Jazz Caliente: Meet the Rhythm Makers, Part Four
Conga drummer Carlos Valdés carried his nickname with pride. "Patato" in Cuban slang means "potato," in the sense of something small and low to the ground. Valdés was small in stature, but the Little Spud was a giant in Afro Cuban jazz.
Carlos Patato Valdés became a master percussionist in his hometown of Havana, Cuba and toured New York City with a group called Conjunto Casino in 1952. The group's other drummer, the now legendary Candido Camero, decided to stay in New York. Patato came to back to the U.S. to stay in 1954.
A seasoned entertainer, Valdés often delighted audiences with his "penguin dance" and by jumping up on the conga drums to dance on them. But he was serious about his music, and he played the sacred batá drums and practiced Santería throughout his life.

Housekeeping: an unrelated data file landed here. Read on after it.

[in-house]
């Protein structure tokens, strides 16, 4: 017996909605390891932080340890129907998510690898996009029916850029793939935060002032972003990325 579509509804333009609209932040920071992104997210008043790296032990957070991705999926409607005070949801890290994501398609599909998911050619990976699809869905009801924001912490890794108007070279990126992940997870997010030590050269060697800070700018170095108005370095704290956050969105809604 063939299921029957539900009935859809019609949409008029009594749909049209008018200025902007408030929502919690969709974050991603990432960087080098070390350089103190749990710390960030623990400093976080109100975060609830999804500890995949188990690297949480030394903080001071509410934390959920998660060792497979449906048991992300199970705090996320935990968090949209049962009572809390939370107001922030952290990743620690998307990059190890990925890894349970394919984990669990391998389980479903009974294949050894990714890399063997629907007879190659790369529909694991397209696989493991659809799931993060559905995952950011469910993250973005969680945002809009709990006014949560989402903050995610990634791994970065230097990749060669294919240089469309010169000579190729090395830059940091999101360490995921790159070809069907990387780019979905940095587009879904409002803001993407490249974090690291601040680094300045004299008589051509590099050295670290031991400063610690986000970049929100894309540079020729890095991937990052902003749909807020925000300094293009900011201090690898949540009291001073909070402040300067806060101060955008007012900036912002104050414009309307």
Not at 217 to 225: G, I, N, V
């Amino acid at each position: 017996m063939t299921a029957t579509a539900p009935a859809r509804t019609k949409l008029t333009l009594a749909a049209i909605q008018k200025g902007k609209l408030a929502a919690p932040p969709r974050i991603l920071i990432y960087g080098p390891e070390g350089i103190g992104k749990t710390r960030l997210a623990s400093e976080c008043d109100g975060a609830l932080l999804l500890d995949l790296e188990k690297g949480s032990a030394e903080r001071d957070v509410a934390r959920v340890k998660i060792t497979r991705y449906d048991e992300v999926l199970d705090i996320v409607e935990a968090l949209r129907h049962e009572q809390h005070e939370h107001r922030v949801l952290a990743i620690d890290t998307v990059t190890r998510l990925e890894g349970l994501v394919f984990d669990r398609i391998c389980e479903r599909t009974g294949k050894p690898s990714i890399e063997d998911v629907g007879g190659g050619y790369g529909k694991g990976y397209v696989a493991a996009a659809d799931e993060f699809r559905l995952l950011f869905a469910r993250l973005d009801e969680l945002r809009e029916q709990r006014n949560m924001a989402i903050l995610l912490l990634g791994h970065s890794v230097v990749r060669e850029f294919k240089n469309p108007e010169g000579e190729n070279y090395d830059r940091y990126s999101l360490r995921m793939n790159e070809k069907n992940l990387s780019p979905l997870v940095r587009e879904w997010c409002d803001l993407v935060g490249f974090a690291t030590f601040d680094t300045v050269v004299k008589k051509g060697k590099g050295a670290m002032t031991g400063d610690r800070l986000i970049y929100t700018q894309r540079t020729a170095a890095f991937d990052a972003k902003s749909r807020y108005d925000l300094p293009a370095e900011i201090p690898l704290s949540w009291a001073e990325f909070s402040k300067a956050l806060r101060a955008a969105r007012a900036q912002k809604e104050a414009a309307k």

Patato is also known for developing the tunable conga drum, using a rim and metal key system to tighten or loosen the drum head, thereby adjusting its pitch. Until Patato came up with this system in the 1940s, conga drums were tuned by heating the calfskin drum head, usually with a can of Sterno, and stretching it over the mouth of the drum to attain the desired pitch.
Listen for Carlos "Patato" Valdés playing "Yo Tengo Ritmo" (I Got Rhythm) this week on Saturday Jazz Caliente. In the meantime, watch the master at work in this undated performance with a young Giovanni Hidalgo.
Jazz Caliente airs Saturdays at 5:00 p.m. The show is hosted by Robin Lloyd and produced by KNKX Public Radio.